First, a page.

Bayram stayed in Diyarbakır for three days, reporting and livestreaming. At night, he slept in a café crowded with people who could not return to their homes. Then he and some journalist friends piled into a car and headed to Adıyaman, a city at the heart of the earthquake zone, where more than twelve hundred buildings collapsed and six thousand people died.
As the group drove in, the air grew sharper and colder. White snowflakes fluttered down over the raw edges of broken concrete. Adıyaman looked as though it had been hit by a bomb. “It was just punishment,” Bayram said. When he entered buildings, he was hit with the sickly-sweet smell of decomposing bodies.
What struck Bayram, too, was how desperately survivors wanted to be interviewed. He had never experienced anything like it. He’d always known Turkish people to treat the media with trepidation and skepticism. Erdoğan blames the press for spreading lies to destabilize the state; saying the wrong thing to a journalist could land a source in jail. But in Adıyaman, people did not seem to care about the dangers; cameras represented a link to relatives—and potential rescuers—outside the city. “They were asking us why the Turkish news media were not there,” he said, referring to state-controlled outlets. Bayram was inundated. One person he interviewed was a mother who had heard her daughter screaming inside a building; she couldn’t go in and refused to leave the vicinity. Eventually, Bayram stopped asking questions, he just handed out his microphone.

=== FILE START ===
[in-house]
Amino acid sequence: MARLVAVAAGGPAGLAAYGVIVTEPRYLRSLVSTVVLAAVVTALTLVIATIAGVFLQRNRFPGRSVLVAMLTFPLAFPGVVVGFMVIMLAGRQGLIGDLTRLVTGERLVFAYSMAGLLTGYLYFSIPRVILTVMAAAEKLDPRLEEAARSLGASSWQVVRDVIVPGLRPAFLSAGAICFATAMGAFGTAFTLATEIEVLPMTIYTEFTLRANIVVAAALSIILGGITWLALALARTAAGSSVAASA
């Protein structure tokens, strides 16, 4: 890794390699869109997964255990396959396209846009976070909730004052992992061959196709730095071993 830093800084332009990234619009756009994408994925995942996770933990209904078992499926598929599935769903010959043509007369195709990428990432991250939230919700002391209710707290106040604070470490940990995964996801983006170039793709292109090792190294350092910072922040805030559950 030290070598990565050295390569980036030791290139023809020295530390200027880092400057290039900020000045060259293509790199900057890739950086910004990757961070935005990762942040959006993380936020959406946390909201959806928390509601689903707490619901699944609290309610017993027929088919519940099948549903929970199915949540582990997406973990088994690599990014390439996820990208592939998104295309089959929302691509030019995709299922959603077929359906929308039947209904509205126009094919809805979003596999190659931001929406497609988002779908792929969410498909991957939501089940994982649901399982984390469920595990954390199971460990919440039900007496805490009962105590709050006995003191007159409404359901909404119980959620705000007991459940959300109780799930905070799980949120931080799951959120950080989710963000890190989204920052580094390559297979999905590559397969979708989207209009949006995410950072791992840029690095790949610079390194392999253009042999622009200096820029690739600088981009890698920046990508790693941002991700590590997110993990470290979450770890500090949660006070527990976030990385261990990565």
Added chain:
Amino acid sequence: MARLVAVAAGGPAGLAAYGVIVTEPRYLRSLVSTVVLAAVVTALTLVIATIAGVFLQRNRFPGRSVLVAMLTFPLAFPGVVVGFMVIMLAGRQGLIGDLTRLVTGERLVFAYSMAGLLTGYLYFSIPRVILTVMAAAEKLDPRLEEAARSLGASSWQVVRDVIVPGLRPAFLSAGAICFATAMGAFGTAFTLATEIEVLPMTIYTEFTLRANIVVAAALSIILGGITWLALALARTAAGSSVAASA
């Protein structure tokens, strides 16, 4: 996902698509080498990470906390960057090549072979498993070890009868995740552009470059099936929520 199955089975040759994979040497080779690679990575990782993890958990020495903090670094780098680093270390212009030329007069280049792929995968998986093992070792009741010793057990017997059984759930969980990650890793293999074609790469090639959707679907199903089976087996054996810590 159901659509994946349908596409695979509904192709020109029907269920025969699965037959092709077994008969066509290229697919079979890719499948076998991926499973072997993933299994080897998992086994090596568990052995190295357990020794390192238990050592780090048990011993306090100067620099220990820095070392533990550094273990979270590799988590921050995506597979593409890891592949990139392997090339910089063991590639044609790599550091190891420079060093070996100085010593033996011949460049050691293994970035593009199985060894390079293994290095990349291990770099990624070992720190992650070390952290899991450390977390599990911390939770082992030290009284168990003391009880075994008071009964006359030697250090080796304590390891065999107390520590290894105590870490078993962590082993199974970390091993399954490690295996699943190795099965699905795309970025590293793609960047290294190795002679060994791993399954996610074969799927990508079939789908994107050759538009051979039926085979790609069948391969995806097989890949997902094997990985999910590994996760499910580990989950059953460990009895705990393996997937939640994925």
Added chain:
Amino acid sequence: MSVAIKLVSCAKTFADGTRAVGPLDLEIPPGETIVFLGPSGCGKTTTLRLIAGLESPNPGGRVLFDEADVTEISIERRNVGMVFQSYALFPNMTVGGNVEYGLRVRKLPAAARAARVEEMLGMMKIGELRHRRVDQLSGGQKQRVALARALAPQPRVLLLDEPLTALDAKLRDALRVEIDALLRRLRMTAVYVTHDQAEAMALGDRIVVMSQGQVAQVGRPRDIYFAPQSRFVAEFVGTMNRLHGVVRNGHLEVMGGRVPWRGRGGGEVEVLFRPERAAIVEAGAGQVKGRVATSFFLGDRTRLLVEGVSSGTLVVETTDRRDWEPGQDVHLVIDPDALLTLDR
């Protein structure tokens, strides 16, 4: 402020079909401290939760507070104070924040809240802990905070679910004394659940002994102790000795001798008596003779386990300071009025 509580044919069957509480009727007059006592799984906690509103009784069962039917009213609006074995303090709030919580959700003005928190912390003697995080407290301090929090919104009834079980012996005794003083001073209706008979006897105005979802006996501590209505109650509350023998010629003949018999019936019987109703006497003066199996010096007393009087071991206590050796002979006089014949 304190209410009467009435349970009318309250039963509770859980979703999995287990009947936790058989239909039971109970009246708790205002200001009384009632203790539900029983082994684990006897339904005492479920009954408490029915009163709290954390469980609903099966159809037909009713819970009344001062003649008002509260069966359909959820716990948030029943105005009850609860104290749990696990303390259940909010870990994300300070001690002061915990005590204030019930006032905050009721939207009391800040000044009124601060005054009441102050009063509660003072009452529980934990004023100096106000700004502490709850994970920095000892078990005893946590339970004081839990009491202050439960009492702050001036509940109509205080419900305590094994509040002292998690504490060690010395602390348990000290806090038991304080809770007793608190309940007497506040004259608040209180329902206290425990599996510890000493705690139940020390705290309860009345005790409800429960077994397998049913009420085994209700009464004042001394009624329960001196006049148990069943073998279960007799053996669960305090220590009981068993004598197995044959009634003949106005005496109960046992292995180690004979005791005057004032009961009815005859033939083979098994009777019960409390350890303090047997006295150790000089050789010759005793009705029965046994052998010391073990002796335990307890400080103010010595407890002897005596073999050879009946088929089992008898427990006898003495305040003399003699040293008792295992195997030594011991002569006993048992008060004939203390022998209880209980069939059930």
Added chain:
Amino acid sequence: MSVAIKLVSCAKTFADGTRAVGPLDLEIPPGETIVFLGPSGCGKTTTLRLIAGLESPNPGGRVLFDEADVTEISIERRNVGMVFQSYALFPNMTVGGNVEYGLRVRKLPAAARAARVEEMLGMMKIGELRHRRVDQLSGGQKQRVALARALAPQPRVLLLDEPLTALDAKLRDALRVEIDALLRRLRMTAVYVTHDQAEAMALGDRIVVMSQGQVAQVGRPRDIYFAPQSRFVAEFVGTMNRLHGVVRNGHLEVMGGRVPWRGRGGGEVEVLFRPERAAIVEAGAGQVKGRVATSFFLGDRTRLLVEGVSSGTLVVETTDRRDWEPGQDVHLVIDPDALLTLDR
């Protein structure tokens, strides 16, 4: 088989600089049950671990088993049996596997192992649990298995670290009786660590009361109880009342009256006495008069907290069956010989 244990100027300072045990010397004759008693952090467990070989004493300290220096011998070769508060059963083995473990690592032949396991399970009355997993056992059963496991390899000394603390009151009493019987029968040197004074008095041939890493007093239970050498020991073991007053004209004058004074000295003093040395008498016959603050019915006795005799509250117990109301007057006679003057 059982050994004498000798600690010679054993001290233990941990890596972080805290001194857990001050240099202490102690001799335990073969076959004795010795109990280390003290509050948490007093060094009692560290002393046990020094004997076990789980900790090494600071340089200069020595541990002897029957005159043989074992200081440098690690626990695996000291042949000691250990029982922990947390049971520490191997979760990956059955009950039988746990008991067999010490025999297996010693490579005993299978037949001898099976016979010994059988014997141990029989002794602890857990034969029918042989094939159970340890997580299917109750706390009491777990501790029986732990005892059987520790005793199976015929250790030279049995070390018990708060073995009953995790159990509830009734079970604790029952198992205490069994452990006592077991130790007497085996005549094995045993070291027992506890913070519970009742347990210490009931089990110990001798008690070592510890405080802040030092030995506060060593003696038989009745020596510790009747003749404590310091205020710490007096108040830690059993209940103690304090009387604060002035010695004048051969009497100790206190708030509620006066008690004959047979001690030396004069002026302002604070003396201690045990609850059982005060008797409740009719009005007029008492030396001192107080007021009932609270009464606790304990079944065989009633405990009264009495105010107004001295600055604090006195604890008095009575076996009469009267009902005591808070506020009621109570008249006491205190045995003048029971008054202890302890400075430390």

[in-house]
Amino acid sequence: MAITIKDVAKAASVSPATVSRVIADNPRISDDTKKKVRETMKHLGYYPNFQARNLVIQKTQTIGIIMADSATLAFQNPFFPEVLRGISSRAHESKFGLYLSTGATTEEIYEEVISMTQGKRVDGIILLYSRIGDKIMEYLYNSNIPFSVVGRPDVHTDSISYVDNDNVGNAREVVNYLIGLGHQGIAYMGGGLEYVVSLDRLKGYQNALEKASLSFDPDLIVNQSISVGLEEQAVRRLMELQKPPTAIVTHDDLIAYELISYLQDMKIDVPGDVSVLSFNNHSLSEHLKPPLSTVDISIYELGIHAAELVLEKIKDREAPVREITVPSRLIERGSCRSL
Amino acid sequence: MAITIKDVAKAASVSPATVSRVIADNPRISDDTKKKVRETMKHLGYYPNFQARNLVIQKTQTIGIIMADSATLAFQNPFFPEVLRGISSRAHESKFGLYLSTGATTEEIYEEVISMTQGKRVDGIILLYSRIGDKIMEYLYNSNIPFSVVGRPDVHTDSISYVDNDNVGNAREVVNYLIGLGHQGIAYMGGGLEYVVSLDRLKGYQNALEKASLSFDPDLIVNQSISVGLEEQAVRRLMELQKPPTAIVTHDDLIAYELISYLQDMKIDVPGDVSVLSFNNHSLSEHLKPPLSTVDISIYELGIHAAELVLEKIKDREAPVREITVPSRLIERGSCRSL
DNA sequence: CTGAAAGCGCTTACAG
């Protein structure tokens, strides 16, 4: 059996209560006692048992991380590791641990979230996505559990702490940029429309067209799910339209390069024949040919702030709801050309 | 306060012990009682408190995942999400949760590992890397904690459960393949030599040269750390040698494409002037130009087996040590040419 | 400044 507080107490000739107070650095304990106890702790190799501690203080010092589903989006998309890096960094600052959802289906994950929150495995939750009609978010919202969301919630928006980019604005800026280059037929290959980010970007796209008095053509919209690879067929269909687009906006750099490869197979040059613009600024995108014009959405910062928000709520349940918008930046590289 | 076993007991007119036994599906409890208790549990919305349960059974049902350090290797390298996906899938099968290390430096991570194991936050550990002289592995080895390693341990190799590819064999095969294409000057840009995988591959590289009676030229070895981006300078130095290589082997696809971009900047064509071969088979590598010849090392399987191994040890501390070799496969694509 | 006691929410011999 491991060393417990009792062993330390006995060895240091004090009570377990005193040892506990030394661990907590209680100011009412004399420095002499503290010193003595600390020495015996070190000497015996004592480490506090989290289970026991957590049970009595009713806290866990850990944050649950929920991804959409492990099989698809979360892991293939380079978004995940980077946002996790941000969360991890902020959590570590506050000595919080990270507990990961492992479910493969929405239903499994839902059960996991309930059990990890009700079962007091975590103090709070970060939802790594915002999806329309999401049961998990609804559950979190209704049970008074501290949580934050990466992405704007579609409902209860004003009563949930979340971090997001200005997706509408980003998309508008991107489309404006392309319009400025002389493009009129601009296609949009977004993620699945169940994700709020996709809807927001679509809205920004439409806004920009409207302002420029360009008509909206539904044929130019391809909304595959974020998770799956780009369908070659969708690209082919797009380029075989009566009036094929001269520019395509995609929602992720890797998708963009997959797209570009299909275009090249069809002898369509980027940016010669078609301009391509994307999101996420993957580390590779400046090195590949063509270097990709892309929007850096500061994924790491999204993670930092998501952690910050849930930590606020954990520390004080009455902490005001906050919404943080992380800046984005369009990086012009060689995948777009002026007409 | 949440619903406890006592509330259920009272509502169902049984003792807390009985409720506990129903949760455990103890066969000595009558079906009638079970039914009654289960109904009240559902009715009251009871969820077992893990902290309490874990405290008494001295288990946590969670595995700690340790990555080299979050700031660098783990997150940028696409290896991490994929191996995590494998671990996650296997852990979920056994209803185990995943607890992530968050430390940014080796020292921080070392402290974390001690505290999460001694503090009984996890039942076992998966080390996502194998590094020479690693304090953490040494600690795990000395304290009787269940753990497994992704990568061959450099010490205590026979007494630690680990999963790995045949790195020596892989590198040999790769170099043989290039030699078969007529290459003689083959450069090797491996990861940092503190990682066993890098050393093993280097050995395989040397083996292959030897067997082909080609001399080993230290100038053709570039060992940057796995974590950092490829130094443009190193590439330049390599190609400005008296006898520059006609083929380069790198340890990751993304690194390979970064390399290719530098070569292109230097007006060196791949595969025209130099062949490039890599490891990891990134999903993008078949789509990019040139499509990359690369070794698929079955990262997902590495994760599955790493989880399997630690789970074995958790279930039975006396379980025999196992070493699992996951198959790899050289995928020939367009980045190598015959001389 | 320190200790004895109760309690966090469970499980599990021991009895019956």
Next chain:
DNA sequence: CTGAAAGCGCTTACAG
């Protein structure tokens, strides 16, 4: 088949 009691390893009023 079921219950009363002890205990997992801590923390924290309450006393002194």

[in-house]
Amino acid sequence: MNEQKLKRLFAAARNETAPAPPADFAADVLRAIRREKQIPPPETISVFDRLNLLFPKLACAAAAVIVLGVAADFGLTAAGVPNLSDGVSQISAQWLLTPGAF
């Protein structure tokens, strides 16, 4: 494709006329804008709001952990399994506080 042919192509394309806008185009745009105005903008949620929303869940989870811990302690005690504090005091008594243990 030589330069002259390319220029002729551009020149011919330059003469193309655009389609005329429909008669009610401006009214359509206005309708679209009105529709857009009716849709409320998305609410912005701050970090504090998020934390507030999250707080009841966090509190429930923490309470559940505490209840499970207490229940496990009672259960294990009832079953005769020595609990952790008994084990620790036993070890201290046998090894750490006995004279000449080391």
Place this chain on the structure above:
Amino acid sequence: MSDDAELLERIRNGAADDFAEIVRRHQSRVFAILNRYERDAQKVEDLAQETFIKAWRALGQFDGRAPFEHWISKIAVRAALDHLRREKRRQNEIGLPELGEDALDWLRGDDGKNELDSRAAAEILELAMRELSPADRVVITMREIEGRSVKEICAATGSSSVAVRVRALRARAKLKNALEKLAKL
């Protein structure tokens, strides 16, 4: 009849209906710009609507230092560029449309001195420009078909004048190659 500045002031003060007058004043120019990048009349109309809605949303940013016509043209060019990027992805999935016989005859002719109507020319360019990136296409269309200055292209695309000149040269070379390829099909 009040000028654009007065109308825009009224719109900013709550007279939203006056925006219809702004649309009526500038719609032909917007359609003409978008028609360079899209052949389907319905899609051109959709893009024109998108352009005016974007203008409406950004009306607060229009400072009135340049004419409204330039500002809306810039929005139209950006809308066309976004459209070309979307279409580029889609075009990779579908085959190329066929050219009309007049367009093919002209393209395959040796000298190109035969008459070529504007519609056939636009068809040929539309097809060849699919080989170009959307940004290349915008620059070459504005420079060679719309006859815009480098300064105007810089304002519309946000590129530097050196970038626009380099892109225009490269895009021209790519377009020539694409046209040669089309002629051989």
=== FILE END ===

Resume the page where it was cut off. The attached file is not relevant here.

Erdoğan has indicated that he may hold elections ahead of schedule, in May, which would make it difficult for those opposing him to organize. But for the first time in decades, it seems, he has a chance of losing. Bayram said that almost everyone he talked to in the earthquake zone was angry at the government. In the past, many of those areas consistently voted for the AKP, but experiencing isolation in the wake of disaster is stronger than any media narrative.
Bayram has returned to Diyarbakır, though he still hasn’t gone home, except to collect some books and the hard drive where his clips are stored. He spends his days out reporting and at the Botan International office, which he has now opened up to fellow local journalists, whose headquarters were destroyed. At night, he stays at a friend’s apartment on the fourth floor of a big building. It makes Bayram nervous; he hasn’t been able to sleep well. These days, he said, no one in Turkey likes to be on a high floor for too long.Pesha Magid is a CJR fellow.